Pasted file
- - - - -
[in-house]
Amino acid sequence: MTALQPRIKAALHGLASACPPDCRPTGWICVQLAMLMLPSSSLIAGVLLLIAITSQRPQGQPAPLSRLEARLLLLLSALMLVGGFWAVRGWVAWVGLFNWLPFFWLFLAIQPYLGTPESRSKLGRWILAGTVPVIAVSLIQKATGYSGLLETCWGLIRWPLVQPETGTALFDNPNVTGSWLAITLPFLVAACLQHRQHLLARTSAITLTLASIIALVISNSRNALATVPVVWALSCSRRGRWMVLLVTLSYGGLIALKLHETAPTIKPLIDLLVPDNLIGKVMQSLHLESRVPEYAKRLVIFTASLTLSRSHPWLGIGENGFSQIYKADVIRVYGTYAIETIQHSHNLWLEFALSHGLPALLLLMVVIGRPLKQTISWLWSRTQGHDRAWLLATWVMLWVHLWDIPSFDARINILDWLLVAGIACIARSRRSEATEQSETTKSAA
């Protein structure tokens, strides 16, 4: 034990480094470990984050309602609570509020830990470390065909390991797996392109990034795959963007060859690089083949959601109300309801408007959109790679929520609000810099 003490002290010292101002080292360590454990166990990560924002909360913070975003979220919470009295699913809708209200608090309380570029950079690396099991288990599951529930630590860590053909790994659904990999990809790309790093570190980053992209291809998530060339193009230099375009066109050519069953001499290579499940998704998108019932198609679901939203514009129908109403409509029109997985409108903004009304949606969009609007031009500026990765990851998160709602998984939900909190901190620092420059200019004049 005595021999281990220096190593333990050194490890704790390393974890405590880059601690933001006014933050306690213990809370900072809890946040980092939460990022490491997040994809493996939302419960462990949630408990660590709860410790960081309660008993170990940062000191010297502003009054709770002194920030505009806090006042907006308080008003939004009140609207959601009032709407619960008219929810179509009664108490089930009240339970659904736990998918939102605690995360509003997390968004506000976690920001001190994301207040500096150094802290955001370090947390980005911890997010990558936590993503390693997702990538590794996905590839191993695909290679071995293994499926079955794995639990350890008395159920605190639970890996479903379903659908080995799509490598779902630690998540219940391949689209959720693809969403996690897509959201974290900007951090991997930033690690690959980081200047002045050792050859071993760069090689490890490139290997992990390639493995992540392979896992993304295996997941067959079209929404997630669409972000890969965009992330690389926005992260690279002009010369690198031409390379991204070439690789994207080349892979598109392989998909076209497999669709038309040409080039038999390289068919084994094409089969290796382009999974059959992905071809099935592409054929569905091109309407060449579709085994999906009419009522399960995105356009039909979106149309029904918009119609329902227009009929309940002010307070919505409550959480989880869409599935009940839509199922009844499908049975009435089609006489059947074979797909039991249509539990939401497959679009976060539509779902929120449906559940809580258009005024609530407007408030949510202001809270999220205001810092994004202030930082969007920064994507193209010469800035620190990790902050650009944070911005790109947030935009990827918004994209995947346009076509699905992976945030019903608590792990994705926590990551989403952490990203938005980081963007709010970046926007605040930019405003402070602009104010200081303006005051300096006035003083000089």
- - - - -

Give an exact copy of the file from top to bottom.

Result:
[in-house]
Amino acid sequence: MTALQPRIKAALHGLASACPPDCRPTGWICVQLAMLMLPSSSLIAGVLLLIAITSQRPQGQPAPLSRLEARLLLLLSALMLVGGFWAVRGWVAWVGLFNWLPFFWLFLAIQPYLGTPESRSKLGRWILAGTVPVIAVSLIQKATGYSGLLETCWGLIRWPLVQPETGTALFDNPNVTGSWLAITLPFLVAACLQHRQHLLARTSAITLTLASIIALVISNSRNALATVPVVWALSCSRRGRWMVLLVTLSYGGLIALKLHETAPTIKPLIDLLVPDNLIGKVMQSLHLESRVPEYAKRLVIFTASLTLSRSHPWLGIGENGFSQIYKADVIRVYGTYAIETIQHSHNLWLEFALSHGLPALLLLMVVIGRPLKQTISWLWSRTQGHDRAWLLATWVMLWVHLWDIPSFDARINILDWLLVAGIACIARSRRSEATEQSETTKSAA
């Protein structure tokens, strides 16, 4: 034990480094470990984050309602609570509020830990470390065909390991797996392109990034795959963007060859690089083949959601109300309801408007959109790679929520609000810099 003490002290010292101002080292360590454990166990990560924002909360913070975003979220919470009295699913809708209200608090309380570029950079690396099991288990599951529930630590860590053909790994659904990999990809790309790093570190980053992209291809998530060339193009230099375009066109050519069953001499290579499940998704998108019932198609679901939203514009129908109403409509029109997985409108903004009304949606969009609007031009500026990765990851998160709602998984939900909190901190620092420059200019004049 005595021999281990220096190593333990050194490890704790390393974890405590880059601690933001006014933050306690213990809370900072809890946040980092939460990022490491997040994809493996939302419960462990949630408990660590709860410790960081309660008993170990940062000191010297502003009054709770002194920030505009806090006042907006308080008003939004009140609207959601009032709407619960008219929810179509009664108490089930009240339970659904736990998918939102605690995360509003997390968004506000976690920001001190994301207040500096150094802290955001370090947390980005911890997010990558936590993503390693997702990538590794996905590839191993695909290679071995293994499926079955794995639990350890008395159920605190639970890996479903379903659908080995799509490598779902630690998540219940391949689209959720693809969403996690897509959201974290900007951090991997930033690690690959980081200047002045050792050859071993760069090689490890490139290997992990390639493995992540392979896992993304295996997941067959079209929404997630669409972000890969965009992330690389926005992260690279002009010369690198031409390379991204070439690789994207080349892979598109392989998909076209497999669709038309040409080039038999390289068919084994094409089969290796382009999974059959992905071809099935592409054929569905091109309407060449579709085994999906009419009522399960995105356009039909979106149309029904918009119609329902227009009929309940002010307070919505409550959480989880869409599935009940839509199922009844499908049975009435089609006489059947074979797909039991249509539990939401497959679009976060539509779902929120449906559940809580258009005024609530407007408030949510202001809270999220205001810092994004202030930082969007920064994507193209010469800035620190990790902050650009944070911005790109947030935009990827918004994209995947346009076509699905992976945030019903608590792990994705926590990551989403952490990203938005980081963007709010970046926007605040930019405003402070602009104010200081303006005051300096006035003083000089």